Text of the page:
A $500 million agreement was signed to provide each student with a tablet
It is imperative for Egypt’s development that projects be run by qualified people who can manage the country’s advanced projects. However, for this to be the case, the country’s education system has to be able to produce them writes Ahmed Abdel-Hafez.
“There is little doubt that Egypt’s education sector had hit rock bottom. It had been neglected for too long and not reformed,” said Dina Borai, an adviser to the minister of education on exams and curricula.
This began to change a couple of years ago, however. In 2018, Minister of Education Tarek Shawki, in office for a little over a year, announced a major overhaul of the education system, including of the traditional Thanaweya Amma high school exams.
Since then, several initiatives have been put in place aiming at increasing the use of technology in schools and changing society’s mindset regarding education from a focus on grades to a focus on learning.
The new system that the government is planning to have fully in place by 2030 replaces a decades-long culture of memorisation for tests with one focused on student-centred teaching and competency-based learning for life. The current reform programme targets a bottom-up reform of the education pyramid, Borai said, explaining that “the stages from kindergarten to third preparatory are being developed in tandem with the Thanaweya Amma examination system.”
The World Bank is taking part in the programme to reform Egypt’s education system via a $500 million agreement signed in mid-2018 to fund the plan to provide each student and teacher with a computer tablet. The programme is also responsible for funding teacher-training schemes, financing curriculum and examination development centres, and making available a knowledge bank for students and teachers to improve the quality of education.
According to the UN Children’s Fund (UNICEF) Egypt Trends in International Mathematics and Science Study (TIMMS) for 2015 and the Progress in International Reading Literacy Study (PIRLS) for 2016, more than half of students in Egypt do not meet low benchmarks in international learning assessments.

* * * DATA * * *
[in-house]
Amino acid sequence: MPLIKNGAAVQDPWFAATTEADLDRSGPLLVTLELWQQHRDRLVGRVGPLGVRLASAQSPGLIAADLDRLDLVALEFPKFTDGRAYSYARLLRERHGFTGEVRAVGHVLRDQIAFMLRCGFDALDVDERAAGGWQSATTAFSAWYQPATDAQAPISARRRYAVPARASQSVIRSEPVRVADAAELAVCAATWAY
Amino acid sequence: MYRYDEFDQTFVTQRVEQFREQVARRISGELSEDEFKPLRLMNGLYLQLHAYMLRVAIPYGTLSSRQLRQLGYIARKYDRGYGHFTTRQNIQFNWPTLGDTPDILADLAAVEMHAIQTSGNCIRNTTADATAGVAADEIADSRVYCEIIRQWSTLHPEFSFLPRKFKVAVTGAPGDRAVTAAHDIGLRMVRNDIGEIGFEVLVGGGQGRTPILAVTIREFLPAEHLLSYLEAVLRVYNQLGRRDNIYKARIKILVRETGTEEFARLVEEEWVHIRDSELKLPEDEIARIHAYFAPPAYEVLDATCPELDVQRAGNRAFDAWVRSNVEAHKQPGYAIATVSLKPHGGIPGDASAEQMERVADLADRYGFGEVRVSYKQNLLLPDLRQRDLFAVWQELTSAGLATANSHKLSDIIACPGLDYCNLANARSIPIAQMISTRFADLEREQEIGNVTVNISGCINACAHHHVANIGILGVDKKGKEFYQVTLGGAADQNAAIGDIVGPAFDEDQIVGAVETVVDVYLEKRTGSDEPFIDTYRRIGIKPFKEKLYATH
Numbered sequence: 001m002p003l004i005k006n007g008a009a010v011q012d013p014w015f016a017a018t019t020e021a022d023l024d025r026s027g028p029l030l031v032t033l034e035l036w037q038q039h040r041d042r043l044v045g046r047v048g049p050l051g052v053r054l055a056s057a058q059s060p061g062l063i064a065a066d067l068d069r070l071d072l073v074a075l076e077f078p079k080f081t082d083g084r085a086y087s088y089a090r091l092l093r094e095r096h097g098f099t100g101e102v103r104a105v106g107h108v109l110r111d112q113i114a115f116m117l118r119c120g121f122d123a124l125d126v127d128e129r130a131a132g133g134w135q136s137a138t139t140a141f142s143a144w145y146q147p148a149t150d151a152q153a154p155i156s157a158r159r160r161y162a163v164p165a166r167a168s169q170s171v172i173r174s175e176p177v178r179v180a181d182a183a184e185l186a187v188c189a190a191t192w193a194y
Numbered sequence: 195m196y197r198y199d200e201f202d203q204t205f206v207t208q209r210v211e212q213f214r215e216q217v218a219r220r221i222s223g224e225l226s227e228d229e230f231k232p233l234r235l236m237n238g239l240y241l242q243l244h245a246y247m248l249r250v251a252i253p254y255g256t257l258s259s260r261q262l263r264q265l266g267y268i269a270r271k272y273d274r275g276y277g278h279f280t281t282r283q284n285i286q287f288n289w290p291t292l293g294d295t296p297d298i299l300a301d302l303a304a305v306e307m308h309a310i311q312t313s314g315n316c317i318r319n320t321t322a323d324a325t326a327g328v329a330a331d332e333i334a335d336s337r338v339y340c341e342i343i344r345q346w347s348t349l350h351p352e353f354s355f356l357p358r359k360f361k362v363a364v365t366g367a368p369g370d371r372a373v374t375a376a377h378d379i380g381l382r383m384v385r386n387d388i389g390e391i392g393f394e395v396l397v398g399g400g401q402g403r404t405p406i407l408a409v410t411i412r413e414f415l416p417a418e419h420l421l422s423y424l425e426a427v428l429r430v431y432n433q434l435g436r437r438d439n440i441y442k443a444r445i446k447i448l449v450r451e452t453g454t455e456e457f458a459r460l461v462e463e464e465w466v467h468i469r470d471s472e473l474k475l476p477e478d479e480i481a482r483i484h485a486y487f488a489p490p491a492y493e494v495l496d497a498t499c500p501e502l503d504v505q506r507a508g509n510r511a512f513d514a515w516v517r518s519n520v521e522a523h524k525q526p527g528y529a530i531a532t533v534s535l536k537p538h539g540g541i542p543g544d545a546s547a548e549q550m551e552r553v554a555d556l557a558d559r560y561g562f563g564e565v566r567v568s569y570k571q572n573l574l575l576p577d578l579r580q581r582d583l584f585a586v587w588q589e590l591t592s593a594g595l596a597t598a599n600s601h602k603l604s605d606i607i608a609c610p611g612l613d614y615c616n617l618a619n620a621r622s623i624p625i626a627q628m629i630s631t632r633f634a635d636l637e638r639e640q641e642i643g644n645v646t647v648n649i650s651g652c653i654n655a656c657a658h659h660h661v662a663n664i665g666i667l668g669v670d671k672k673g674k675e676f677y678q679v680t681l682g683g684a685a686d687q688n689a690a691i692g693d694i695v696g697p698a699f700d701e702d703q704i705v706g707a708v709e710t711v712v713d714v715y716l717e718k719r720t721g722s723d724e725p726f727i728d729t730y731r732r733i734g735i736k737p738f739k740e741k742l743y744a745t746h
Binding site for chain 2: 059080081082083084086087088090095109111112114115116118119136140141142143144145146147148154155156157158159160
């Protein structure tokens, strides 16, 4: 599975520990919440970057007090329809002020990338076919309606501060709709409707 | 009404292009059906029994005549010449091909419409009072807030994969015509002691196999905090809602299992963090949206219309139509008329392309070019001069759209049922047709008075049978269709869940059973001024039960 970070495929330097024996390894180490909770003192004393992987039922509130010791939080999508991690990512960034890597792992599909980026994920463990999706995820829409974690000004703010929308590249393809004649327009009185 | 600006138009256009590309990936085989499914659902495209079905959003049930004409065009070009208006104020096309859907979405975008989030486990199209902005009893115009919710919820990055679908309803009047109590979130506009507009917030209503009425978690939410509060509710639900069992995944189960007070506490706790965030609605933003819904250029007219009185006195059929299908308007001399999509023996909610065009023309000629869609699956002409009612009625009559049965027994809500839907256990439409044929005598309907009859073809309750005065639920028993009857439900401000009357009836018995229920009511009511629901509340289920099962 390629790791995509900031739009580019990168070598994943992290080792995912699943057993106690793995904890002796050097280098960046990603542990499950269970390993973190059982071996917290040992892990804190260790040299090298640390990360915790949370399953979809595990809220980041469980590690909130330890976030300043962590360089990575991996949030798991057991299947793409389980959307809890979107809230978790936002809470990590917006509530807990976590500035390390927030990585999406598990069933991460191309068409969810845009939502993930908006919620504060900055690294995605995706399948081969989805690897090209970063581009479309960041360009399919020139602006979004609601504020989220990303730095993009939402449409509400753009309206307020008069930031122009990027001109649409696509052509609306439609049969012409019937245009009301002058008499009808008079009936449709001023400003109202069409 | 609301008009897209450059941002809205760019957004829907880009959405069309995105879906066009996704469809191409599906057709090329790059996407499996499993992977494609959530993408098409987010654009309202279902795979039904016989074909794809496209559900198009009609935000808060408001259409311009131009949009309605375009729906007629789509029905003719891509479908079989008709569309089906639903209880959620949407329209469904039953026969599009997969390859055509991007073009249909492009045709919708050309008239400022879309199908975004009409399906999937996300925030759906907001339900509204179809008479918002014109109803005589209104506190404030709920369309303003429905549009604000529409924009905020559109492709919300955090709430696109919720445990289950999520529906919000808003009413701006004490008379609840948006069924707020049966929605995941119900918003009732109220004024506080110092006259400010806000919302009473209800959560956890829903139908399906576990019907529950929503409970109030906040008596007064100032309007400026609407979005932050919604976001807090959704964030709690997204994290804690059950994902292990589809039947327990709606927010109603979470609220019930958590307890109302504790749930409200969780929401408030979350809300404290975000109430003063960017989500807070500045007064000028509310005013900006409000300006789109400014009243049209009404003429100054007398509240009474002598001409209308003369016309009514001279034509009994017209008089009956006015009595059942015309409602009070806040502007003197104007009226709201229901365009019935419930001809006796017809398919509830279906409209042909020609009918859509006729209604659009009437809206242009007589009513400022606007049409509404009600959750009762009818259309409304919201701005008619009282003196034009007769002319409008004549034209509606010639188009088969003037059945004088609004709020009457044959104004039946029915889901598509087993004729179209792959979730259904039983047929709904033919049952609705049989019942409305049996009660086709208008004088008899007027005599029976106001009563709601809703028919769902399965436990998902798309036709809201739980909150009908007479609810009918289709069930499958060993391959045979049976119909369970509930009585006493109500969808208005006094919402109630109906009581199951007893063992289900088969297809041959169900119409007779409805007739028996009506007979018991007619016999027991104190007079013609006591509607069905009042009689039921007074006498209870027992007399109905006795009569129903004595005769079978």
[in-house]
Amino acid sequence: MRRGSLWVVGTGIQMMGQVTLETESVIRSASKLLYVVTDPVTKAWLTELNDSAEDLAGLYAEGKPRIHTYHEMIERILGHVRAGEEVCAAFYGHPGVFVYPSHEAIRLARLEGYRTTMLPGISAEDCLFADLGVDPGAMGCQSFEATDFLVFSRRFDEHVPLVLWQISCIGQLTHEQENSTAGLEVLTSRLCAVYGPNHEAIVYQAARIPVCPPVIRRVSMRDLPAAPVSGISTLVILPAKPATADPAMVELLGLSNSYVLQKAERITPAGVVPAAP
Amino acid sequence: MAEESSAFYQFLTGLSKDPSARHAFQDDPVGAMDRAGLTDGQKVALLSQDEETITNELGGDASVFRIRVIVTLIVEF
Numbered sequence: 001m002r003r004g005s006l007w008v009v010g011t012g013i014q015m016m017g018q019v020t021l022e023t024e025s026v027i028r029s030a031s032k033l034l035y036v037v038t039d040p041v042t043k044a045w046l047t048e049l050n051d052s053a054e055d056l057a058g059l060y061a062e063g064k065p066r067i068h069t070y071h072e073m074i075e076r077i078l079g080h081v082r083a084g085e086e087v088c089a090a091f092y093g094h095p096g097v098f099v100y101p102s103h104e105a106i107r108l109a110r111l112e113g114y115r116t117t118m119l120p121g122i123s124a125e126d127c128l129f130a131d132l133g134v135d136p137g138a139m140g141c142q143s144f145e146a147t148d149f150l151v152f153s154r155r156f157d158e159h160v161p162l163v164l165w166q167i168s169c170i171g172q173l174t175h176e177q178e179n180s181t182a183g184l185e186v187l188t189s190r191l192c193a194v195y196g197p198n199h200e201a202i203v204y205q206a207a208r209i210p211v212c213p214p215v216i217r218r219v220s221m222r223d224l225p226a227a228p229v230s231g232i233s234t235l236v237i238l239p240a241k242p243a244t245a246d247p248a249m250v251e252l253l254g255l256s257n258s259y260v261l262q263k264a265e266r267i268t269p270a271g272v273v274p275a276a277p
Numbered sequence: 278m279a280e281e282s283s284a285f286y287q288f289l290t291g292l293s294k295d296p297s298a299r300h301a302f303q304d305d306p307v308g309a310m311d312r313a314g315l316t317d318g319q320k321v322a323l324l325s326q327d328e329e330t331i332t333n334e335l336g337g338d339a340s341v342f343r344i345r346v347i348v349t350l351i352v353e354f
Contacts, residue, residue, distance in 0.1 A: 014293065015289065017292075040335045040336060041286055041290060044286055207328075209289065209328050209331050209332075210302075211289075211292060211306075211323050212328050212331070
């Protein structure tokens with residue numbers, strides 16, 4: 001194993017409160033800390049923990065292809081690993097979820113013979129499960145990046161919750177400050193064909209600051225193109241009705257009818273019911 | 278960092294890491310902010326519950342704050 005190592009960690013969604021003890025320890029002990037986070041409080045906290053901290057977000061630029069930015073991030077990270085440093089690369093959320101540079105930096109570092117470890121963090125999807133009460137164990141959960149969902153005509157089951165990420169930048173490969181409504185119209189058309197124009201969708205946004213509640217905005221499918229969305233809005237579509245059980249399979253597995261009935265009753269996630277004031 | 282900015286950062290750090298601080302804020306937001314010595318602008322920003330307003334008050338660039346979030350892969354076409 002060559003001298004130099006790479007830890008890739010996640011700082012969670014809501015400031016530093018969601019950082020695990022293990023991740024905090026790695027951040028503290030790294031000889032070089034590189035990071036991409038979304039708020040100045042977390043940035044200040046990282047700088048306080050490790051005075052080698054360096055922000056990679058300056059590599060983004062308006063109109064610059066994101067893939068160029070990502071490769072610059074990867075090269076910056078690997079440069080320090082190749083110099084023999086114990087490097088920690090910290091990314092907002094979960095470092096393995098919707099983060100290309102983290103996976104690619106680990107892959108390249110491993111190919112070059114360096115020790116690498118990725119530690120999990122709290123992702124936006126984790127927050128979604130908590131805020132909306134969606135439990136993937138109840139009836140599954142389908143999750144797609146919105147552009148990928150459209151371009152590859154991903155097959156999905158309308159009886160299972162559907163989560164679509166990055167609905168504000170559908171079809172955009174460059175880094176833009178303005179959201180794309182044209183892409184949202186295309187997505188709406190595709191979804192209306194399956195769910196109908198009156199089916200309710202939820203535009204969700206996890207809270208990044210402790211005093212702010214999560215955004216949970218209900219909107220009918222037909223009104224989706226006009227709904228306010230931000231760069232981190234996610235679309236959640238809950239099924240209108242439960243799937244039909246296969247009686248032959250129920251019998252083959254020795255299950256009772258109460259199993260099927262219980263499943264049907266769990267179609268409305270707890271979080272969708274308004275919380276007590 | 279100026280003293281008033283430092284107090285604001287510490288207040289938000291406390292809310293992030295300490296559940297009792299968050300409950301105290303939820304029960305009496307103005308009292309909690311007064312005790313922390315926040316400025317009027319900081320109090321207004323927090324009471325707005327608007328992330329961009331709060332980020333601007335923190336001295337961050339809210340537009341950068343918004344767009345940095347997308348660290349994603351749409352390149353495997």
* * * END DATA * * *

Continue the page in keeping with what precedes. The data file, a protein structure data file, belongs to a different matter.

Furthermore, Egypt ranks at the bottom of the participating countries, at 49 out of 50 countries for grade four students in reading, 34 out of 39 countries for grade eight students in mathematics and 38 out of 39 countries for grade eight students in science.
Within the framework of its educational revamp, the government is shouldering expenses to build more classrooms to decrease the number of students in each. There were 22.5 million students in schools in Egypt in 2018-19.
It is also upgrading the technological infrastructure of schools to facilitate access to the Internet, the knowledge bank and educational platforms established by the Ministry of Education. According to the UNICEF Egypt website, many schools still have poor infrastructure, with around one in five school buildings unfit for use and lacking functional water and sanitation facilities.
An important part of the overhaul is the development the Thanaweya Amma examination system at an earlier stage to train teachers and students on the methods of comprehension and not just memorising, said Borai.
The new Thanaweya Amma exams will not be based only on school books, though students will be allowed to take their books with them to exams. The aim is to encourage students to acquire knowledge from multiple sources and digital platforms and to fully comprehend the curricula instead of memorising them.
Former education minister Mahmoud Abul-Nasr drafted a “Pre-University Education Reform Strategy” during his time in office in 2014. It states that Egypt’s education crisis is manifested in high unemployment and poverty rates.
Abul-Nasr said that if educational curricula served market needs, unemployment would plummet. This, he said, was the real test for the education system.